State's job growth in April biggest in 17 years

Gov. Deval Patrick, who has blamed steep job losses on unprecedented global economic forces, swiftly claimed credit Thursday for the state’s largest monthly payroll growth in 17 years, pointing to his economic policies as the driver behind the 19,100 new jobs.

With the heftiest gains in the professional, scientific and business services sector, the unemployment rate dropped from 9.3 percent in March to 9.2 percent in April. Construction firms added the largest percentage increase for the month, growing 3.8 percent with 3,900 new positions, after a loss of 400 in March.

“We are on the mend and on the move,” said Patrick, whose rivals in the gubernatorial campaign have torched his handling of the state’s economy. “Since day one, we have focused on investing in the projects and industries that put people to work right now and make the Commonwealth stronger for the long-term. The significant gains we're seeing in the construction, scientific, financial and manufacturing sectors show that our strategy is working.”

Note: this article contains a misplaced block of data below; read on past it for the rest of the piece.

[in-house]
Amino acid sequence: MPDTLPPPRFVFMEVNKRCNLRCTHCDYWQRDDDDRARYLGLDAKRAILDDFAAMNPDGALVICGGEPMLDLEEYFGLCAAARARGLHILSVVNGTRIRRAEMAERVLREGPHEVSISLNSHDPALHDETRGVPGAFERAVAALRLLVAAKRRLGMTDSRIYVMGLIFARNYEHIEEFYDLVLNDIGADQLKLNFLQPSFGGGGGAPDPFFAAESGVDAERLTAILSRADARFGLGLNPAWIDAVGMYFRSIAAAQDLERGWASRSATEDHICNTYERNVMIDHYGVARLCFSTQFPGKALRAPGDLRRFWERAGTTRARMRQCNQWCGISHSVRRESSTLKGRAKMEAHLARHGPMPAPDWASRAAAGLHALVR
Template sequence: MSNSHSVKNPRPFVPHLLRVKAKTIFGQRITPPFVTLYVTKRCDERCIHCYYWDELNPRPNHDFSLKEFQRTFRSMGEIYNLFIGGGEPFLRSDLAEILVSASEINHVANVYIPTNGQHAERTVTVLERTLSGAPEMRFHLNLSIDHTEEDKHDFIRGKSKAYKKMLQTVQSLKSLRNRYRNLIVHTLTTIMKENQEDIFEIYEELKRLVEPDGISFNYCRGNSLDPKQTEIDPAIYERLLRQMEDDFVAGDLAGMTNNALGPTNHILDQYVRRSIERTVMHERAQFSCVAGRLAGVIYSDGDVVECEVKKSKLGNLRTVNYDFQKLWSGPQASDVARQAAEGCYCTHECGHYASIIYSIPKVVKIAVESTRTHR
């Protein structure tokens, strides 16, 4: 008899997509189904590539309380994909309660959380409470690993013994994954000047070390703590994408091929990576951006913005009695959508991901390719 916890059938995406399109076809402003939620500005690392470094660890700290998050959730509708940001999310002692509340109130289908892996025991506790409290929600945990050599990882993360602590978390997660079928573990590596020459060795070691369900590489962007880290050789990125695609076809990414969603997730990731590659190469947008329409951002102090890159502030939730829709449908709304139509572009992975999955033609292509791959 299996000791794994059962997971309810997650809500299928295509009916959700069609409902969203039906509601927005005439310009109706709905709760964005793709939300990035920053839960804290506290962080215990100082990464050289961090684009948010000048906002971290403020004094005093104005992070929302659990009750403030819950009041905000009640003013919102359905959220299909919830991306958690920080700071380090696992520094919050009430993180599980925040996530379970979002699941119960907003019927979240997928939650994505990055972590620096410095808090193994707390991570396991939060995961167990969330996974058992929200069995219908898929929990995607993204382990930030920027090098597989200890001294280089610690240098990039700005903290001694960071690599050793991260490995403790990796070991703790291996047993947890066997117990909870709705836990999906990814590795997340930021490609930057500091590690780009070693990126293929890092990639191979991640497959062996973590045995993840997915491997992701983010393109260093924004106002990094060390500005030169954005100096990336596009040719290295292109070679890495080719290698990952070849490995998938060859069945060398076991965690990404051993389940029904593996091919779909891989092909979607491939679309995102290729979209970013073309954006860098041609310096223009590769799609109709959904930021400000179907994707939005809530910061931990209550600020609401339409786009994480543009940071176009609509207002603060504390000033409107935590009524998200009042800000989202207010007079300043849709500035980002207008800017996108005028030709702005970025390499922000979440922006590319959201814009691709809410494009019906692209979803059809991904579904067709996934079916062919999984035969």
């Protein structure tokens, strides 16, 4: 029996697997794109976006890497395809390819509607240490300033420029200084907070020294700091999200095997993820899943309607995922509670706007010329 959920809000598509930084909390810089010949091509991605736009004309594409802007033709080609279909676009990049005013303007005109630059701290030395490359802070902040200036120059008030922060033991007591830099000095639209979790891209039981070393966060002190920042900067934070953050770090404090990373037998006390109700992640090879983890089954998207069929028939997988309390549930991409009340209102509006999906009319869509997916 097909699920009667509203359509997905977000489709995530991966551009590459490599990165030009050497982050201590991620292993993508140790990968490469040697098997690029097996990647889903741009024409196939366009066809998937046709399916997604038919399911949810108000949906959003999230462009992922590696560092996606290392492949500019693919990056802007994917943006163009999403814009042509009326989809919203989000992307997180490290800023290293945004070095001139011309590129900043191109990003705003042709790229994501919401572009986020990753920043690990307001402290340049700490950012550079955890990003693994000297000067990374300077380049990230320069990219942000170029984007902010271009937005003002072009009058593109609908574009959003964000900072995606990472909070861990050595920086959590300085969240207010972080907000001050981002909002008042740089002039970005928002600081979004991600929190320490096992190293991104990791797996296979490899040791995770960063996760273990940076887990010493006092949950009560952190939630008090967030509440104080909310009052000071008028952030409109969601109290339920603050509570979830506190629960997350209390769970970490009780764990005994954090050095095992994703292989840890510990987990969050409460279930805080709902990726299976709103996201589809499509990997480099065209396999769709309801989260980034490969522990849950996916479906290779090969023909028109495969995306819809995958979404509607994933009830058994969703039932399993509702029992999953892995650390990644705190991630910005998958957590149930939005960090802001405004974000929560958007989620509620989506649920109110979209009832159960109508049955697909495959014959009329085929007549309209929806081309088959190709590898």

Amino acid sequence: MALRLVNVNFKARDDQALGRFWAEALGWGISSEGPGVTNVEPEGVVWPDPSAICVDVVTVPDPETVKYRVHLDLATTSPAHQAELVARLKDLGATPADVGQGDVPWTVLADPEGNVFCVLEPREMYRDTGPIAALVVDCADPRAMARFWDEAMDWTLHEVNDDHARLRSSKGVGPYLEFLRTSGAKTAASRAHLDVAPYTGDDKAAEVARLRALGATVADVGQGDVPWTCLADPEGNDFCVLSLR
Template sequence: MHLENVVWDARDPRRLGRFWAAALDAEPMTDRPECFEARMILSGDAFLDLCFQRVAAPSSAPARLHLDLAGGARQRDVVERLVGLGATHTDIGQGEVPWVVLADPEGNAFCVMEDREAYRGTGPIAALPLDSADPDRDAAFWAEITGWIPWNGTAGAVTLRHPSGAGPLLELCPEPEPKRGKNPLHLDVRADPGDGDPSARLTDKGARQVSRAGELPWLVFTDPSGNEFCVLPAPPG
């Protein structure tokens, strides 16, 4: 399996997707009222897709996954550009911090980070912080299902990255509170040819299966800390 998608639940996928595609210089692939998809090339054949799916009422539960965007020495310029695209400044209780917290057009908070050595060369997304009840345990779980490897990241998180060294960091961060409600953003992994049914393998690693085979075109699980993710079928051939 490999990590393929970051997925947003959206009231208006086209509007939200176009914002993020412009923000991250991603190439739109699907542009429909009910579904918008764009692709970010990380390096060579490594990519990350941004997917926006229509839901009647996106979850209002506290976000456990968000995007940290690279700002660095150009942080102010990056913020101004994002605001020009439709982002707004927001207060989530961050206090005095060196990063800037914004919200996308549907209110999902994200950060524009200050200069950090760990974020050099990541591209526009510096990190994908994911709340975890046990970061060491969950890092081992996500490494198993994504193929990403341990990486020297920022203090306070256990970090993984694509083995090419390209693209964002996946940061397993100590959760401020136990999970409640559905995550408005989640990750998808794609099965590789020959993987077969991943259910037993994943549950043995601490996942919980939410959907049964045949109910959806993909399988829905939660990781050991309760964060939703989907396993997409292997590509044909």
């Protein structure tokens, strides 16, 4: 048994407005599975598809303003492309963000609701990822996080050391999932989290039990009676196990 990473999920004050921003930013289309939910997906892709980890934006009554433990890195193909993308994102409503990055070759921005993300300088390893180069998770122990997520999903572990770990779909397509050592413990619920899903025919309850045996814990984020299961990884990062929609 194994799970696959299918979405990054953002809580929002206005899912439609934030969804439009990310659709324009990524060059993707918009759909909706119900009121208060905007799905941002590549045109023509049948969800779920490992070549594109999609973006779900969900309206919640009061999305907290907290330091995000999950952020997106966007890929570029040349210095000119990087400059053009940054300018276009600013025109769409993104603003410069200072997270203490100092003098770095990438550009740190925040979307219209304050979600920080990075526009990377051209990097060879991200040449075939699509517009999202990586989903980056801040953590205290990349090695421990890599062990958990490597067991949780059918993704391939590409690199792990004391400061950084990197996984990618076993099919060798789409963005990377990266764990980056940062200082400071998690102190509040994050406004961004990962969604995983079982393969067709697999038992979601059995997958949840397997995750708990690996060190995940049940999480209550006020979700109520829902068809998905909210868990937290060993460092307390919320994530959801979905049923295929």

The state’s jobless rate in April was below the 9.9 percent national rate. Beacon Hill Democrats have long claimed the state’s economic mix, heavy on financial services and so-called innovation economy employers, has it well-positioned for an aggressive recovery.

Seven of the state's 10 sectors added jobs, bringing the gains since April 2009 to 29,400, with 28,200 of those coming in the private sector.

Both Patrick’s government and campaign communications apparatuses leapt into action, with a statement from his State House press office arriving 23 minutes after the data’s release and political advisers crowing on Twitter about the job growth.

The rapid mobilization showed the concern Patrick’s camp harbors about his political vulnerability on the fiscal and economic fronts. Presumptive Republican nominee Charles Baker and Independent Treasurer Timothy Cahill have both blamed the nearly double-digit unemployment rate on Patrick’s tax increases, and pointed to recurrent 10-figure budget deficits as proof he is not a solid manager of the state’s finances.

“Anytime we’re putting people back to work it’s a good thing,” said Baker communications director Amy Goodrich. “But until [Patrick] gets serious about the reform and the restructuring of state government, taxpayers aren’t going to see the growth that they deserve. This is like scoring a touchdown in the fourth quarter when the score is 42-0 and all the fans have left.”

A Cahill spokeswoman did not immediately respond to requests for comment.

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